"Parents are outgunned by food companies and the toys, cartoon characters, celebrities, and psychological munition that food marketers have at their disposal," said CSPI nutrition policy director Margo G. Wootan. "Parents try to get their kids to eat bananas, broccoli, and whole wheat bread, but those messages get drowned out by marketing for French fries, cookies, and candy. What we're really asking is that marketers act responsibly, and not urge kids to eat foods that could harm their health."
Ideally, says CSPI, only healthful foods like fruits, vegetables, and whole-grain products would be marketed to kids. But CSPI’s Guidelines would allow a much broader range of foods to be marketed to kids, as long as the food in question provides some positive nutritional benefit and isn't too high in saturated and trans fat, salt, or added sugars.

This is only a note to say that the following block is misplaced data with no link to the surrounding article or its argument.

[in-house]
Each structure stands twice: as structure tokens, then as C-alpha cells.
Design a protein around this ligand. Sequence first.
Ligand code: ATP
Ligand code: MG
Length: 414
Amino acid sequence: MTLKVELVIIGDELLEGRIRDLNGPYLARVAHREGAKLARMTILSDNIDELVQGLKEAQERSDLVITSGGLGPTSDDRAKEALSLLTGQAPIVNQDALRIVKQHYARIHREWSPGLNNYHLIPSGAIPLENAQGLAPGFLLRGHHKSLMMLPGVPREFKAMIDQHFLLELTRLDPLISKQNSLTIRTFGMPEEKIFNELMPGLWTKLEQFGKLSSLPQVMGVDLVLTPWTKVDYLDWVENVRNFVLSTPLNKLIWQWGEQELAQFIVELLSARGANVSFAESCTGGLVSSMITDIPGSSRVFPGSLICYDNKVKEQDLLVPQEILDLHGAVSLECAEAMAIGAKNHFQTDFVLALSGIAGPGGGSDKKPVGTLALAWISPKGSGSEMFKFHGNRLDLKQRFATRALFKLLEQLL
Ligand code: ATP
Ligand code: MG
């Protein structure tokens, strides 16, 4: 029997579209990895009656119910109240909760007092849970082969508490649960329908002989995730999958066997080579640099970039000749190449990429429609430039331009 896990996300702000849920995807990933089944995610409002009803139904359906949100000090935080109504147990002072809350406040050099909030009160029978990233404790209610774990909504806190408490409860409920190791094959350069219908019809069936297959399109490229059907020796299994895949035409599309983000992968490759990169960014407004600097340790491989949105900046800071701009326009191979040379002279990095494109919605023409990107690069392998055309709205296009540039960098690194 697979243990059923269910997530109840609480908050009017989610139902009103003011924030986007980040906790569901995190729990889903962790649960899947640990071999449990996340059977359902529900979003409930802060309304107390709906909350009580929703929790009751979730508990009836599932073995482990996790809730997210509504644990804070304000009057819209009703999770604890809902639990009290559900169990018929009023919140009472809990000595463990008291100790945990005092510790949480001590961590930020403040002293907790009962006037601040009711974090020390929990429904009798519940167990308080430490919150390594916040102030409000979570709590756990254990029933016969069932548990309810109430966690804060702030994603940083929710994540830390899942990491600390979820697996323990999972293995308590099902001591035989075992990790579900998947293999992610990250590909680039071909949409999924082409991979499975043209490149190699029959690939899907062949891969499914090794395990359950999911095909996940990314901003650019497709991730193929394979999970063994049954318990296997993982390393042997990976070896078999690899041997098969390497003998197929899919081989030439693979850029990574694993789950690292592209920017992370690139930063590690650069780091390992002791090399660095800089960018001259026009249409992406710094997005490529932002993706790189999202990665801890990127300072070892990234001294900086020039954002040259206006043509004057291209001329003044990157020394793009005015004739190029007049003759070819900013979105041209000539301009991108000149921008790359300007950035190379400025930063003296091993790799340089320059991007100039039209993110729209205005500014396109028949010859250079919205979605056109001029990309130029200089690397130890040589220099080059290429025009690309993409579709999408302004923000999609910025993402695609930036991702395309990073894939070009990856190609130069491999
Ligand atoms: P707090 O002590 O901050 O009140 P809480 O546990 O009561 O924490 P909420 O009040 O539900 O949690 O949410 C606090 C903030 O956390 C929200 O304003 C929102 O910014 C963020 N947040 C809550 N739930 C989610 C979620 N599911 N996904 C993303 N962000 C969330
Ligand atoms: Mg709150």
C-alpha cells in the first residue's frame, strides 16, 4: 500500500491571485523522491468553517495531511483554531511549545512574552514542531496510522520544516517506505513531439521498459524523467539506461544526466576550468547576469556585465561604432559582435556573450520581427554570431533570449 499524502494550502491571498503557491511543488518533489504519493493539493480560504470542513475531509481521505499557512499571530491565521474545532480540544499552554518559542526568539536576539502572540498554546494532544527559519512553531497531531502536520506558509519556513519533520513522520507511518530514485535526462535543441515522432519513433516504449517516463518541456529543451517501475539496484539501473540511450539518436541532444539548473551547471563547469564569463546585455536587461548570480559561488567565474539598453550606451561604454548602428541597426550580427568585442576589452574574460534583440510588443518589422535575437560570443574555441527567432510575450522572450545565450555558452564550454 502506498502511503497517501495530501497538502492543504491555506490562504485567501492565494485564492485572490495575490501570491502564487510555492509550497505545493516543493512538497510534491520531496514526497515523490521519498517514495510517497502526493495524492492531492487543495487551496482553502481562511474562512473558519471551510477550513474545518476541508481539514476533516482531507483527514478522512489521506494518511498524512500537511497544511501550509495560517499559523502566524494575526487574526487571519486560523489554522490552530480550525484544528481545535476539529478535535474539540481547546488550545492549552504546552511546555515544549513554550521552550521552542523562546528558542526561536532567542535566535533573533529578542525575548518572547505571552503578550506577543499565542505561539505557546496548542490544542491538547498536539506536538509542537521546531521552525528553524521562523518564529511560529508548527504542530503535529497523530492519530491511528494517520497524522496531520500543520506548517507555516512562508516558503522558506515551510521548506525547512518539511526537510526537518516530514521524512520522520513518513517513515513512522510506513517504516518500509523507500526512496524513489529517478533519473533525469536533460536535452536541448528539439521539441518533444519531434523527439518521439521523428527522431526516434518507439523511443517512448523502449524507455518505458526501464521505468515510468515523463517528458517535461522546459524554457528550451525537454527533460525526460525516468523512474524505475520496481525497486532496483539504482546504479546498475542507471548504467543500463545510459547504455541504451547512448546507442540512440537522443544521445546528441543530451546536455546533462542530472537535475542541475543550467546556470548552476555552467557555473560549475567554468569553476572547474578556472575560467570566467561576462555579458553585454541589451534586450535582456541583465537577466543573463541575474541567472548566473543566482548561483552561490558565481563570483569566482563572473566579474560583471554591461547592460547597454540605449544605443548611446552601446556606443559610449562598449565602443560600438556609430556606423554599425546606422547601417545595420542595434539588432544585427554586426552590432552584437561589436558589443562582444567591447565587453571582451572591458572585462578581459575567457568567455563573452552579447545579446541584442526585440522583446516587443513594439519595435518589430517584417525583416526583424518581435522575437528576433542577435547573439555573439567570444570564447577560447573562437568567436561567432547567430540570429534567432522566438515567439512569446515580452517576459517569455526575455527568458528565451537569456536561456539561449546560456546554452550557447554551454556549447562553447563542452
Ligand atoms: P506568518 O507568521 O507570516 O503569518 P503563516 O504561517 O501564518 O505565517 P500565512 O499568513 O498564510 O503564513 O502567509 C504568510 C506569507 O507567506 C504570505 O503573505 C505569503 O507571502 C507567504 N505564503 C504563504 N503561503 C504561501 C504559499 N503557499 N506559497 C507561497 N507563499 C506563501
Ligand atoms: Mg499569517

For instance, CSPI's Guidelines call on companies not to market low-nutrition drinks like soda, sports drinks, and sweetened ice tea to kids. Food companies could, though, market:
- drinks that contain at least 50 percent fruit juice and no added caloric sweeteners;
- water and seltzer without added caloric sweeteners; and
- low-fat and fat-free milk, including flavored milks.
The Guidelines call for foods marketed to kids to be in reasonable portion sizes, to provide some basic nutrients, and to have:
- Less than 30 percent of total calories from fat (excluding fat from nuts, seeds, and peanut or other nut butters);
- Less than 10 percent of calories from saturated plus trans fat;
- Less than 25 percent of calories from added sugars; and